Aperitivo is, for all intents and purposes, Italy’s take on happy hour. But it is also a state of mind—a sort of devil-may-care moment in the day when the Italian Dream seems just a little more tangible.
In Milan, where Campari may as well be a patron saint, aperitivo—essentially the act of taking a drink and a small bite to open one’s stomach before a meal—is the time of day when you go to pay your respects, either by way of the spritz, the Americano, the Negroni or its less heralded, but no less addictive (and significantly less dangerous) little sister: the Negroni Sbagliato. The latter—a mashup of the Negroni and the Spritz—is, as far as we’re concerned, due for its day in the sun.
The legendary Bar Basso in Milan claims provenance of this buoyant riff on the original, whose sbagliato addendum means “mistaken” or “incorrect” in Italian—a nod to the drink’s supposedly accidental replacement of prosecco for gin. All mirrors and gold, emerald velvet and vintage glassware, at Bar Basso marketing men in suits rub elbows with the fashion world, old men, tourists and the occasional sophisticated college student. Starting around 6:30 p.m., the bar swells to two- or three-deep, a cabinet full of crostini and tramezzini discharged to the tables and bar tops with rapid fire while Negronis and their Sbagliato siblings are sipped from hand-blown goblets the size of pineapples.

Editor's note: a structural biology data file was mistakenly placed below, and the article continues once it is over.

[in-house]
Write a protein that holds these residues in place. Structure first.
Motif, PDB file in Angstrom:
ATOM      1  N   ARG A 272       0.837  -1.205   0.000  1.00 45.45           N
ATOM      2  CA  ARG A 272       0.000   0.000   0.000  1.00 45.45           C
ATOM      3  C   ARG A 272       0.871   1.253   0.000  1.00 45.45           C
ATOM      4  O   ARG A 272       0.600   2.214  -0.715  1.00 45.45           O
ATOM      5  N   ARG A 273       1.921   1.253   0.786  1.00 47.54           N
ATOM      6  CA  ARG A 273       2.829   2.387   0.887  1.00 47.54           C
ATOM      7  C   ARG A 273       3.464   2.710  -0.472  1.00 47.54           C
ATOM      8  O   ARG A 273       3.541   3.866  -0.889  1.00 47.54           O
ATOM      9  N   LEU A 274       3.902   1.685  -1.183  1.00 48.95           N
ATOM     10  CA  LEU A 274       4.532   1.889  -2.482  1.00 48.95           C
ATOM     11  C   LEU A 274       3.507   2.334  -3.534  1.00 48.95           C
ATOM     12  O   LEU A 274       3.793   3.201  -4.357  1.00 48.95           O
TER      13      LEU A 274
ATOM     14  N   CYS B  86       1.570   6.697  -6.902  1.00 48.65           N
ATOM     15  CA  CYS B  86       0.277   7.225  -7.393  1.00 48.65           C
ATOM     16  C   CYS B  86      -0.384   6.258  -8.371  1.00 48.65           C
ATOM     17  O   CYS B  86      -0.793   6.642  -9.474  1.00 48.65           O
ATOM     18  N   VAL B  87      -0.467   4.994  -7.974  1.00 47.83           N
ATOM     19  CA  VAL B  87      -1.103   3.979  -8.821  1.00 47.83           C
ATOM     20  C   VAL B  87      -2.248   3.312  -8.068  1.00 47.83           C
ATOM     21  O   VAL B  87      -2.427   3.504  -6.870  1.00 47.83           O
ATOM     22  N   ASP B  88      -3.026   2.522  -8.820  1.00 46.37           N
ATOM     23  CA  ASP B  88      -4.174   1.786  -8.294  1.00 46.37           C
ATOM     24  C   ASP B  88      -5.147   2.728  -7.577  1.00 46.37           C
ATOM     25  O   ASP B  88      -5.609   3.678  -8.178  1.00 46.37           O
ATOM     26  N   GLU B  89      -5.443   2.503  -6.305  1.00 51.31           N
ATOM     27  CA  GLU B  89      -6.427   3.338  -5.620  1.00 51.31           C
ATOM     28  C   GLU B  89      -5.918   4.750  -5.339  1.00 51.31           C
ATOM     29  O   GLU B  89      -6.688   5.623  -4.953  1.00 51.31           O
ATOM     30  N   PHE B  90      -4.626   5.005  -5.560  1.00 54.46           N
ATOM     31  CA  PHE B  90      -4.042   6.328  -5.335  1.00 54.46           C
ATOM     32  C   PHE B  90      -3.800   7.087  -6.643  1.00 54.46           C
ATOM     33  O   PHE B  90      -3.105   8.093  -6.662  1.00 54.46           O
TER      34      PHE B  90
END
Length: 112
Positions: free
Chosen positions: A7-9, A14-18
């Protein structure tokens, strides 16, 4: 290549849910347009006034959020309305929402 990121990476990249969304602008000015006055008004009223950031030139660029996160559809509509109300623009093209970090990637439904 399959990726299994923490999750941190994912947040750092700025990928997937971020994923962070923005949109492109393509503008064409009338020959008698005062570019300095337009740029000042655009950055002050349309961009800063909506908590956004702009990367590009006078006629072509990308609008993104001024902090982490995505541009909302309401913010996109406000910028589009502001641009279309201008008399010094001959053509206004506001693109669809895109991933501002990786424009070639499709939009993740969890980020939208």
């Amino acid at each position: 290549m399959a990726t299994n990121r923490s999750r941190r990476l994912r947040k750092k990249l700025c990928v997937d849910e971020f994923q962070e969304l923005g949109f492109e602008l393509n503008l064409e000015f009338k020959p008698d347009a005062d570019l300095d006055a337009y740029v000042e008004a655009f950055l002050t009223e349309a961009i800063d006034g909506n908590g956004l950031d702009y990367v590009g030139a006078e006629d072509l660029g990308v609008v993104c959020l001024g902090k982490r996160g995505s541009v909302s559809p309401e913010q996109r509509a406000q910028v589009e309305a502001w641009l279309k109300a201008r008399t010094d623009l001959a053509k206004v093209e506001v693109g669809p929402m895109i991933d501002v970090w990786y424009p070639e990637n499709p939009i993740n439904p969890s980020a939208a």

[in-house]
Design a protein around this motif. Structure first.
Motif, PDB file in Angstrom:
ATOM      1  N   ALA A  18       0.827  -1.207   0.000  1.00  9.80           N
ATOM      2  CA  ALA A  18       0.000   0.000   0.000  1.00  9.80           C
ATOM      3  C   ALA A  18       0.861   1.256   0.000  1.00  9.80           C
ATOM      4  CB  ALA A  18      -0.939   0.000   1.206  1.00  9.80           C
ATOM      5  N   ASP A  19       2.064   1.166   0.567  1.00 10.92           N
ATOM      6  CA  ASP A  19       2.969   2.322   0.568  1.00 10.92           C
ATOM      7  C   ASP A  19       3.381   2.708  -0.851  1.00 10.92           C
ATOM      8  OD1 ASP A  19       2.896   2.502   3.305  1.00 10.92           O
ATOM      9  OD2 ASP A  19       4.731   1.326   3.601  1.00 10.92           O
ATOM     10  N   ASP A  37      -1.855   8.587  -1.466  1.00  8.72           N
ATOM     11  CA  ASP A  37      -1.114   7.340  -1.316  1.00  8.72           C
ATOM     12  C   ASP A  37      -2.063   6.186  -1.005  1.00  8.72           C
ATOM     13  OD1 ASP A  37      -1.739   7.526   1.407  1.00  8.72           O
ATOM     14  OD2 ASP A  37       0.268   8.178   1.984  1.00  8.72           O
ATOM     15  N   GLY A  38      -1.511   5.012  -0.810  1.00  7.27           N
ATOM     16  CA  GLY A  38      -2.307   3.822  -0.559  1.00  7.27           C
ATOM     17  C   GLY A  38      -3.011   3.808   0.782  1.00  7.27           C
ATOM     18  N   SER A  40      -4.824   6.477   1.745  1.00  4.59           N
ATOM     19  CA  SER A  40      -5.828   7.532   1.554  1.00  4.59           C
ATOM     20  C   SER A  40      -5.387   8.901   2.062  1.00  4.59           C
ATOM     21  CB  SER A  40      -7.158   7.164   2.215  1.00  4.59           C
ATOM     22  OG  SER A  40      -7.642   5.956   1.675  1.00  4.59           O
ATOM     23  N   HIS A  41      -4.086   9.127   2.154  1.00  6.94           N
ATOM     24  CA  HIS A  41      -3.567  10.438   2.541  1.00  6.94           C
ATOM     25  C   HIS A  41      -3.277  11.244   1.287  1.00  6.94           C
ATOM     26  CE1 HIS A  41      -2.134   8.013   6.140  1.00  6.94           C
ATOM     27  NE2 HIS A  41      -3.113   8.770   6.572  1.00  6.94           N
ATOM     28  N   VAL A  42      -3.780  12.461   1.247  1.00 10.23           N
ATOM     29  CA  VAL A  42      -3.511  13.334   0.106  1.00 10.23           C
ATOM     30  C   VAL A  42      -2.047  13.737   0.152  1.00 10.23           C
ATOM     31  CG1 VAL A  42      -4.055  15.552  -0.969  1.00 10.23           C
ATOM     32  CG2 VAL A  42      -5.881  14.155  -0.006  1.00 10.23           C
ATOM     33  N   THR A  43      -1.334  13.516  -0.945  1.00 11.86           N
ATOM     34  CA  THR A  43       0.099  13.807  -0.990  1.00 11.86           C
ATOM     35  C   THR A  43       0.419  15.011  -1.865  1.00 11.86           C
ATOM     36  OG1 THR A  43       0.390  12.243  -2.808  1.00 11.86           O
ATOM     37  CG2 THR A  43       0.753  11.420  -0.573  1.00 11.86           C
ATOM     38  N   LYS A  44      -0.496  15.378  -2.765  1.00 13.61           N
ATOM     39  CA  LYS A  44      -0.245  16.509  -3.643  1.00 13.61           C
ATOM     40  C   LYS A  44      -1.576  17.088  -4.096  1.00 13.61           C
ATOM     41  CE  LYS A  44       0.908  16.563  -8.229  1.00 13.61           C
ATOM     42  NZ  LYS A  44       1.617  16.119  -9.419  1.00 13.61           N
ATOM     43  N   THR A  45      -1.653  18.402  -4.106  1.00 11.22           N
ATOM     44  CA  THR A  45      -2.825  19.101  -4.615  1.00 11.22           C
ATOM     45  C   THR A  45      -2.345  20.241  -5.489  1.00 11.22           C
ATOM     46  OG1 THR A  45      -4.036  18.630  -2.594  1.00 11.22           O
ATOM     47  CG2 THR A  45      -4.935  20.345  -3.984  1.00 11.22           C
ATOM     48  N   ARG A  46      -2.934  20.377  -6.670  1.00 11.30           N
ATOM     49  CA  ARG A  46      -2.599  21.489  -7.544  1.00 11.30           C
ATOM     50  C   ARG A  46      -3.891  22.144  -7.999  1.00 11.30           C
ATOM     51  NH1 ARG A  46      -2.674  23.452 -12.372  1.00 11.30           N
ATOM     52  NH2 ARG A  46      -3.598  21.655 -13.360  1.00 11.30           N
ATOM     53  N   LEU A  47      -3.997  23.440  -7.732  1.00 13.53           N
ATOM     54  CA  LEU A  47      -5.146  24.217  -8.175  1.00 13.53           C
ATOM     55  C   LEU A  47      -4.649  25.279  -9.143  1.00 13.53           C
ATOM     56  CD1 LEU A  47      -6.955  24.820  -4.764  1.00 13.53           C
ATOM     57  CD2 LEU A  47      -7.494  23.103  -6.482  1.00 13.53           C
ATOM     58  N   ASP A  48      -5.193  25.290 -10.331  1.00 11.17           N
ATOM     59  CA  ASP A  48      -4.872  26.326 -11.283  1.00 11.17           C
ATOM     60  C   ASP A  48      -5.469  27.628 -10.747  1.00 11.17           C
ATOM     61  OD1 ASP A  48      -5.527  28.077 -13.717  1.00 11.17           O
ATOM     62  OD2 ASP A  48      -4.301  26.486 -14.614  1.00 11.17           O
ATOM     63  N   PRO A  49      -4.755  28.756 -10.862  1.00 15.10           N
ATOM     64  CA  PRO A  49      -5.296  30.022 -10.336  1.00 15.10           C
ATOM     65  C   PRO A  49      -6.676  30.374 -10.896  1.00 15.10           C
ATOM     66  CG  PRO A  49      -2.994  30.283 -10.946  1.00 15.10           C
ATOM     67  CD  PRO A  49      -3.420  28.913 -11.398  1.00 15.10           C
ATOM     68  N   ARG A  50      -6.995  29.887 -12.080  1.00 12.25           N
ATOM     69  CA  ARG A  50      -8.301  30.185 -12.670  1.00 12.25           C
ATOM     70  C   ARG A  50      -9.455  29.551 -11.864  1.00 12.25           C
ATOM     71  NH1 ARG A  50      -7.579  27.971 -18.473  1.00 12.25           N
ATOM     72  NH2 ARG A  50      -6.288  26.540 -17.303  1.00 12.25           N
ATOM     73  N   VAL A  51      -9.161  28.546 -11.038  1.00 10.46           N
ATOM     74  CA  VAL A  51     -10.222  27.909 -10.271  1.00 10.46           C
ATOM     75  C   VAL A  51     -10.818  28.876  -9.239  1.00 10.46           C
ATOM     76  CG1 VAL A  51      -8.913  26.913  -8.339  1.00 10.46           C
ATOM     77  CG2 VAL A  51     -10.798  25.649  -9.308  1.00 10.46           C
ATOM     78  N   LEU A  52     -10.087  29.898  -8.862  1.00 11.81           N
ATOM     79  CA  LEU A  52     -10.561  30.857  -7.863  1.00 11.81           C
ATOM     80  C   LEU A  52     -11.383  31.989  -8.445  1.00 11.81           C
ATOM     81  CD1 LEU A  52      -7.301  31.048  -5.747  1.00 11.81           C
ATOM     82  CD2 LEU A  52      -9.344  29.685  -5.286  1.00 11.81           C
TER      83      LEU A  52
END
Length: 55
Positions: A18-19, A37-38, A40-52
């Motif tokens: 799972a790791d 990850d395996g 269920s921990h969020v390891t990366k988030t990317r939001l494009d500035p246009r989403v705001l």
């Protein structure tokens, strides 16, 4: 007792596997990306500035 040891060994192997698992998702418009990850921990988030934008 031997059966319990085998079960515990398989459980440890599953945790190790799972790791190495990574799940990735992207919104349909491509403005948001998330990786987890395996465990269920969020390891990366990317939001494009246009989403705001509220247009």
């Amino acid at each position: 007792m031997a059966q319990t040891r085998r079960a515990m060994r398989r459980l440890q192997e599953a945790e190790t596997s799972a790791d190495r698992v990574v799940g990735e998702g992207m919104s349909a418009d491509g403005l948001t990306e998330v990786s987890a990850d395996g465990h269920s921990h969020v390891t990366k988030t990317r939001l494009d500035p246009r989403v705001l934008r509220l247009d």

A goblet of Negroni at Milan’s Bar Basso
In a city where the classic ritual of aperitivo has been unraveled and then raveled back again in every which way, Bar Basso is where you go to observe the religious rite in its untarnished form. Here there is no apericena buffet—the much-maligned mutation of aperitivo into cena, or dinner, featuring mostly cheap, low-quality food—no overwrought mojitos, no techno music. Here is a place that presents its two liquid pillars as if lighting a devotional candle in their honor. And it’s here that we fully realized the great pleasures of the bubbly Negroni, an effervescent mix of Italy’s boozy trinity: vermouth, bitter and wine.
While few can deny the perfect bittersweet gravity of the Negroni, as we kick off the third annual Negroni Week, let’s take a moment to light that candle for the other Negroni—then throw a couple back in abandon.
If you’re in New York City you can do it with us. The ladies of PUNCH will be behind the bar slinging classic and bubbly Negronis at Pouring Ribbons on Tuesday, June 2nd, from 6 to 8 p.m. Bring your buds, and your bitter A-game.